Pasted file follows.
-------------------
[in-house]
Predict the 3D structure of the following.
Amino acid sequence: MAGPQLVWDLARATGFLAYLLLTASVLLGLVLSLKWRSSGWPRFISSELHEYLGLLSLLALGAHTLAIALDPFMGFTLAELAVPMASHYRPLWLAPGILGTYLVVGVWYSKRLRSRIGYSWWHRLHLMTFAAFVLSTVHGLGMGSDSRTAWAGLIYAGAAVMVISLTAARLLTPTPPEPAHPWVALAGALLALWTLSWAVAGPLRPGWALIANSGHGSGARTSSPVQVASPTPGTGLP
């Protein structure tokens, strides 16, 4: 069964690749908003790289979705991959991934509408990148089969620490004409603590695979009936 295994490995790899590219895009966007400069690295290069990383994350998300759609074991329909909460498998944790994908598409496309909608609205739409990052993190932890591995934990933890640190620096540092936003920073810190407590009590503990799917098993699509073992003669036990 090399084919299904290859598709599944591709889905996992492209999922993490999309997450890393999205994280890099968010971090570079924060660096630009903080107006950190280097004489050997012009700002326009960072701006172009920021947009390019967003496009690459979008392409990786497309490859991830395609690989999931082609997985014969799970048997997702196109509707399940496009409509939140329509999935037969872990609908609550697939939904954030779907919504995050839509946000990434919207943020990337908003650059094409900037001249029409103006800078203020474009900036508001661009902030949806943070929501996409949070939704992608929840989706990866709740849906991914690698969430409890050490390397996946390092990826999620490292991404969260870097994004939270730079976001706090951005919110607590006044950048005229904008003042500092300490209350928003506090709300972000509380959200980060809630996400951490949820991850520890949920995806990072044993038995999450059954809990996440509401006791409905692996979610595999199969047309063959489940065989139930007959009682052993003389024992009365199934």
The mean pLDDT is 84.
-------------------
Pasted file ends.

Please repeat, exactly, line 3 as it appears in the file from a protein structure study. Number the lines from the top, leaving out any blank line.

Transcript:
Amino acid sequence: MAGPQLVWDLARATGFLAYLLLTASVLLGLVLSLKWRSSGWPRFISSELHEYLGLLSLLALGAHTLAIALDPFMGFTLAELAVPMASHYRPLWLAPGILGTYLVVGVWYSKRLRSRIGYSWWHRLHLMTFAAFVLSTVHGLGMGSDSRTAWAGLIYAGAAVMVISLTAARLLTPTPPEPAHPWVALAGALLALWTLSWAVAGPLRPGWALIANSGHGSGARTSSPVQVASPTPGTGLP